Krampus Movie Review
Review Date: 03/12/2019
Genre: Horror, Comedy, Folklore, Fantasy
UK Release Date: 04-12-2015
Studio: Legendary Entertainment, Universal Pictures
The opening of Krampus is very reminiscent of the toy scene in Jingle All The Way – a group of parents stampeding through a store in order to get the best toys and getting tasered and a nativity scene breaking out into a fight so you know this isn’t going to be a standard Christmas film from the outset.
To say that the Engel family is dysfunctional is putting it mildly. There’s German Grandma Omi, workaholic Dad Tom, highly strung Mum Sarah, mopey stoner teen Beth and nativity fighter Max (who still writes letters to Santa). If that crew weren’t mad enough they’re then joined by Sarah’s sister Linda, her husband Howard, their kids – Howie Jr. (who doesn’t seem to speak), daughters Jordan and Stevie (who apparently pee standing up), baby Chrissy and finally Aunt Dorothy who arrives in a fur coat but immediately asks where the eggnog is.
Phew! That’s a lot of people in one house – and in one film!
Sarah doesn’t get on with Aunt Dorothy and has a strained relationship with her sister thanks to their redneck ways.
Jordan and stevie wind Max up over Santa crashing his sleigh and having to eat his reindeer and Aunt Dorothy winds Sarah up over her fancy cooking so just a usual Christmas dinner from what I can tell.
Things start to take a sinister turn when Jordan and Stevie steal Max’s letter to Santa, mocking him for its contents. He gets so upset that instead of posting it as his Dad suggests, he tears it up and throws it out of his bedroom window. Instead of blowing away, the pieces are sucked up into the sky and a dark storm rolls in over the town knocking out the power.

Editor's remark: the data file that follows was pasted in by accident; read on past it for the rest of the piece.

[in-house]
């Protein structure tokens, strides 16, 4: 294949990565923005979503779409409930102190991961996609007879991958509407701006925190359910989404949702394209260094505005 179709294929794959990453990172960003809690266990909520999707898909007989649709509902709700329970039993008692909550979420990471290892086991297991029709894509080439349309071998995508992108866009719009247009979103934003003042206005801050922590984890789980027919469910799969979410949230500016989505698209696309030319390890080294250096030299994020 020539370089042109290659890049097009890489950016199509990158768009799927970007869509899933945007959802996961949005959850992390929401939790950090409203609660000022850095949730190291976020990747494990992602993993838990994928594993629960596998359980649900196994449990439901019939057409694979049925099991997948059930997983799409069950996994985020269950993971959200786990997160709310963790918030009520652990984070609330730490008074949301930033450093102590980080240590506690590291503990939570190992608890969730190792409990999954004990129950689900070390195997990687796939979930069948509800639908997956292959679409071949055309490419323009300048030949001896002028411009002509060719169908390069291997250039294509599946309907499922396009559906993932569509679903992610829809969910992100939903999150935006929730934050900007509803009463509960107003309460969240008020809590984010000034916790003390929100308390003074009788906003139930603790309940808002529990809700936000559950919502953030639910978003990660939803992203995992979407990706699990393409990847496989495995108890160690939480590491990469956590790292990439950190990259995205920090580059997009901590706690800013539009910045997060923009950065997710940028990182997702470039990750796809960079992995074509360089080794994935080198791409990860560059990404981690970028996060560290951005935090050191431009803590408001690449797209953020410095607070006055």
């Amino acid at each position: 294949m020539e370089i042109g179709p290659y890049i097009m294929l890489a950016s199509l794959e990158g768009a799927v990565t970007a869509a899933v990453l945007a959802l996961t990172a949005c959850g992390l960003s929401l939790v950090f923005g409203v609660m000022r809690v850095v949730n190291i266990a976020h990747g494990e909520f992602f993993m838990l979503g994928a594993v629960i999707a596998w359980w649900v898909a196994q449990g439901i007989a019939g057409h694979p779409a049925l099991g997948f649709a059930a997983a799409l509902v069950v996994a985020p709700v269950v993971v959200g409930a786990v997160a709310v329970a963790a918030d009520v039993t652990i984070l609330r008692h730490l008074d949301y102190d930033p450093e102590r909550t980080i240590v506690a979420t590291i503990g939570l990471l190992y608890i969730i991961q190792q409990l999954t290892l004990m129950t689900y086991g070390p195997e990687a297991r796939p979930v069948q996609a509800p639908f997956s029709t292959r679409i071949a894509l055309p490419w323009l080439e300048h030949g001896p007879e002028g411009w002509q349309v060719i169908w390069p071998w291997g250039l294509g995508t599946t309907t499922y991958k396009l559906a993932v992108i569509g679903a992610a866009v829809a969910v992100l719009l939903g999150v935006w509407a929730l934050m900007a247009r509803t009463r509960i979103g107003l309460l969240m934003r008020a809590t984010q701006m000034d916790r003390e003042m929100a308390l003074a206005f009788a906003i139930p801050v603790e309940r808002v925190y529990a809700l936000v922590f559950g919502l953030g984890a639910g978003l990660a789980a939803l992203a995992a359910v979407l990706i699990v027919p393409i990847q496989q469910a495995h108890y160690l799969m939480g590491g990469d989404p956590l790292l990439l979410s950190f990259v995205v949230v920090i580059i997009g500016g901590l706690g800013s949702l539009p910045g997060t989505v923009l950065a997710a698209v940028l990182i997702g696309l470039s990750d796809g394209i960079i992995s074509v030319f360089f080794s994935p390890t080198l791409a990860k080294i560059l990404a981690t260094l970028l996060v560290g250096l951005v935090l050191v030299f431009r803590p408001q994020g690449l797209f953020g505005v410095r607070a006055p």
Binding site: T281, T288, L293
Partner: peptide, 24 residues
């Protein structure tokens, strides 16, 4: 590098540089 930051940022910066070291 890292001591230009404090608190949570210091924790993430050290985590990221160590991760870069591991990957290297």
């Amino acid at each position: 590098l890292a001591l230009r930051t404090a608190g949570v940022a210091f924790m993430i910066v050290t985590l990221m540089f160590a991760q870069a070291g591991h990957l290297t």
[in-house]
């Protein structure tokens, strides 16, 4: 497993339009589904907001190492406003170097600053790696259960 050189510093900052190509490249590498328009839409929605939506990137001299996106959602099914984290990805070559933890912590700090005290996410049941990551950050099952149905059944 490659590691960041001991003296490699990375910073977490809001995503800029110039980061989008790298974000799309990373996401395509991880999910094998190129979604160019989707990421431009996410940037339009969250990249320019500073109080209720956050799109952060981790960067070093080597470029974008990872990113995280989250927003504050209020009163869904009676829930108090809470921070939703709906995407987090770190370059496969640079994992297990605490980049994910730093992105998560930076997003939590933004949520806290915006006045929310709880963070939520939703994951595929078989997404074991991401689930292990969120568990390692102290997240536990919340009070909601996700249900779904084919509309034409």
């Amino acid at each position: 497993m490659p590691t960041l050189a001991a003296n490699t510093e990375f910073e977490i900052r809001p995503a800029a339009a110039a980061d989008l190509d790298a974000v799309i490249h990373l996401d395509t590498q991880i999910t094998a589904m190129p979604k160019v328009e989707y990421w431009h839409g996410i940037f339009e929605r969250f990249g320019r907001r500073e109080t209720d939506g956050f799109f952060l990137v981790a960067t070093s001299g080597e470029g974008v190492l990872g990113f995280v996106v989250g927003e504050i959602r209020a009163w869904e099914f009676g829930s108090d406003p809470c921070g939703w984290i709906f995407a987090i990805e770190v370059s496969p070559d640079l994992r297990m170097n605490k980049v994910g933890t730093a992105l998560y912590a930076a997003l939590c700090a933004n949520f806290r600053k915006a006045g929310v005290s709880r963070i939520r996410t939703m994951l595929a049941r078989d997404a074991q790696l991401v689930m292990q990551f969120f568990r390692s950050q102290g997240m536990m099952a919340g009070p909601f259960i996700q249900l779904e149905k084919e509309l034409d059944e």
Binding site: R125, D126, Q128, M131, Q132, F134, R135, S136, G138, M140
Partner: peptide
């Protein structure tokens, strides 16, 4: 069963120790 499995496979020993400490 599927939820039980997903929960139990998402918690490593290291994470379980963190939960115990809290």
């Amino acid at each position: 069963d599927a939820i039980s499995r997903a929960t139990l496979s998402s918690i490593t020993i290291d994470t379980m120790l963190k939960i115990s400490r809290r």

Strange things start to happen: a snowman appears out of nowhere in the back garden, a red sack turns up at the front door and when Beth tries to head through the storm to visit her boyfriend (why did her parents agree to this?) day turns to night and she’s stalked by a cloaked and chained figure that jumps from rooftop to rooftop. Needless to say she doesn’t last long outside the family home.
Grandma Omi seems to know something more than a simple storm is going on and urges Tom and Howard to stay inside and not look for Beth. Tom assures her everything will be okay and they head out in Howie’s Hummer (gotta love those Rednecks!) to find Tom’s missing daughter. Back at the house, footsteps on the roof and a crashing noise have the family on edge.
Howard is attacked by something under the snow but Tom manages to get him back to the house where they decide to barricade themselves in and wait for the storm to pass. Their peaceful night doesn’t last long as the dying fire allows an evil force to enter the house and grab Howie Jr.
Omi finally comes clean about is stalking them. She tells the story of a village that loses hope at Christmas and becomes selfish and mean so a young Omi wishes that they were all gone and she got her wish; the shadow of Saint Nicholas arrived in the form of Krampus. She’s left behind as a reminder of the importance of Christmas Spirit. I have to specifically highlight this section of the film as its a wonderfully produced piece of stop motion animation that really sets this story apart from the rest of the film, and let’s us know its importance.
With Krampus and his army encroaching on the house no one is safe and it’s a race to figure out how to undo Max’s wish so he can save his family.
Is this a Christmas film? Most definitely yes! As well as the story highlighting the importance of Christmas Spirit there’s also plenty of action involving Christmas themed food and toys – you’ll never look at gingerbread men the same way again!
This film is a great balance of comedy and scares, it’s also a nice reminder that Christmas isn’t just about the material gifts you put under the tree but more about family and what’s in your heart.
Watch this if you hate having your family over for Christmas and wonder why you put yourself through it.
This review is part of the 2019 Christmas Movie Advent Calendar series where I review 24 Horror films that all have a Christmas connection. You can view the full list of films reviewed here.